Part of the income divide falls along age and education, with higher unemployment rates for young men and those who lack a college degree. Last year, about 19% of men ages 25 to 34 were "idle" — neither working nor attending school — up 5 percentage points from 2007, according to the Population Reference Bureau. About 31% of young black adults were disconnected from school and work, compared with 27% for Latinos and about 19% each for whites and Asians.
Blacks also were more likely than other groups to live in neighborhoods with poverty rates of 40% or more, roughly 1 in 9.
- Counties with the greatest income gaps between non-Hispanic whites and Latinos included New York, Chicago, Dallas, Los Angeles and the Washington, D.C., suburbs, as well as smaller, more rural counties in the South and West where the numbers of Mexican immigrants have been growing.
- 13% of Latinos and 18% of blacks held at least a bachelor's degree last year, compared with 31% of non-Hispanic whites and 50% of Asians. That is up from 2000, when 10% of Hispanics and 14% of blacks completed college.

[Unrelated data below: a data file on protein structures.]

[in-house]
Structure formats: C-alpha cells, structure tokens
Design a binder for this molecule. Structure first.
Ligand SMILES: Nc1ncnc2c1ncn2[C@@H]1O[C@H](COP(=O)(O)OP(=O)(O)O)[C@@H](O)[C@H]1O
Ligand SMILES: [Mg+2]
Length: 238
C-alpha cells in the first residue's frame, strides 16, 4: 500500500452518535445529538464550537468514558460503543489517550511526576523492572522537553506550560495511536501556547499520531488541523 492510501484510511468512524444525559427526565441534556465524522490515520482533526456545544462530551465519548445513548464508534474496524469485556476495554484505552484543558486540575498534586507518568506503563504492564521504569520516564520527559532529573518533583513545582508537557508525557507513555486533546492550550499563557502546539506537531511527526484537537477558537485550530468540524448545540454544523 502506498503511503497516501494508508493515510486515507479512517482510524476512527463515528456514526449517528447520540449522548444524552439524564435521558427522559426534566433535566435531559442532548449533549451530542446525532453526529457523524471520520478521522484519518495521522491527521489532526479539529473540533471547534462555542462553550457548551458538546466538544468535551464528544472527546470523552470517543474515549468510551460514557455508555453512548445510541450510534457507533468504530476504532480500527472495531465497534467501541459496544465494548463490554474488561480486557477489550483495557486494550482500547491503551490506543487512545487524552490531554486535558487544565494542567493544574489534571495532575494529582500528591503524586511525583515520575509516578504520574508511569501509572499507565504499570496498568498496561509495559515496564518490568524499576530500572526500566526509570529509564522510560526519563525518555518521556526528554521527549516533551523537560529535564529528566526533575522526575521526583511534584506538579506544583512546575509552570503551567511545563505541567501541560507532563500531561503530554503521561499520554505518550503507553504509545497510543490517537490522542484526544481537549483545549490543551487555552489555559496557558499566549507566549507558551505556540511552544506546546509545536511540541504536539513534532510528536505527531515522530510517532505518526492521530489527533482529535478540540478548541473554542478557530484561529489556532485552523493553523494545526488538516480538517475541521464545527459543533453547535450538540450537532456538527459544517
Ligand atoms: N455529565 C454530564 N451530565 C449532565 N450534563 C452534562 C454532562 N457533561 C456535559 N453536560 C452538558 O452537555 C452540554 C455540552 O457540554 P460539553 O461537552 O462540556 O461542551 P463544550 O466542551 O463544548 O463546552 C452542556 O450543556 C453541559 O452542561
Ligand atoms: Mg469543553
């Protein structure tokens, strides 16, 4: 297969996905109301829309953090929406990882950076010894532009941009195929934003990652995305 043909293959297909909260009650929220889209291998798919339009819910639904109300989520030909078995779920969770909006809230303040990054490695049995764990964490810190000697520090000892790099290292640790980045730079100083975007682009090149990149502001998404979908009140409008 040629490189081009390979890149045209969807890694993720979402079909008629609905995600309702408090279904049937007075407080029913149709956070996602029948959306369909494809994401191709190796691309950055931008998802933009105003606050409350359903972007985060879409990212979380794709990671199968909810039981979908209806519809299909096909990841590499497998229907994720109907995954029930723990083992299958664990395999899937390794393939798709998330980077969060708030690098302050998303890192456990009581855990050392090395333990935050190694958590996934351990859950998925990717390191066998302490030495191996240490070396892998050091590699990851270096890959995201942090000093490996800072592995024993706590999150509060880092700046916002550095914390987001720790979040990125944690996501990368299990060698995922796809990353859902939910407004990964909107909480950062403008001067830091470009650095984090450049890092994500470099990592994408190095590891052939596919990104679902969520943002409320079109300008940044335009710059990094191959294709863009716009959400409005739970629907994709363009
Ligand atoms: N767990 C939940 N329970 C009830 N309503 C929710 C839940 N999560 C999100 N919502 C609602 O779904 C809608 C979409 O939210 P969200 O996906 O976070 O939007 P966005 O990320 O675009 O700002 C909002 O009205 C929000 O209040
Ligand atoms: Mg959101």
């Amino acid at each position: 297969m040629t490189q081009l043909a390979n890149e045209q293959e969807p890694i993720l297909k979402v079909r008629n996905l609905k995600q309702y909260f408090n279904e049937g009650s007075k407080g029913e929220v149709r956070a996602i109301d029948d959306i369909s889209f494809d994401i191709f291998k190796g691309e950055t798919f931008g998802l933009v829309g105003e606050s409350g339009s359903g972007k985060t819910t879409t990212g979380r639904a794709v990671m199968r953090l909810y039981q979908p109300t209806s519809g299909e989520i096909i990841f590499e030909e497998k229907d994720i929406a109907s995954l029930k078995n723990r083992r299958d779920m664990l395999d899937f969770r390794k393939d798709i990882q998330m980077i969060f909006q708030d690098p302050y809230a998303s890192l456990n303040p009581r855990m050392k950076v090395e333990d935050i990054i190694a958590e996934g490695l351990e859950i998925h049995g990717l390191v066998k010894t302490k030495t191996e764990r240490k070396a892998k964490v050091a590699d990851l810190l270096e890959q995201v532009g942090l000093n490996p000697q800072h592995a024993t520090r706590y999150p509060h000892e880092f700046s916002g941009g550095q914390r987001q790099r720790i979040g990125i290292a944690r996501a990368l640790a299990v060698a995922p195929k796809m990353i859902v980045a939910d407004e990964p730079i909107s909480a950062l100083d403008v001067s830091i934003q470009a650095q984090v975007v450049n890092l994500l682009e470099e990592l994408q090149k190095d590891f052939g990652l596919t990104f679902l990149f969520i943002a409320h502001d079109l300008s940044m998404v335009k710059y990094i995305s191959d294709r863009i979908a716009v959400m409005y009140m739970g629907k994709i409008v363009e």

- Less than half a million people speak a North American tribal language at home, compared with 60 million who speak a different language other than English and 227 million who speak English only. About 65% of those tribal speakers lived in three states — Alaska, Arizona and New Mexico. The most commonly spoken tribal language was Navajo, followed by Yupik and Dakota.
The figures come from previous censuses and the 2010 American Community Survey, which samples 3 million households. For places with fewer than 20,000 people, the ACS figures from 2006-2010 were averaged to help compensate for otherwise large margins of error.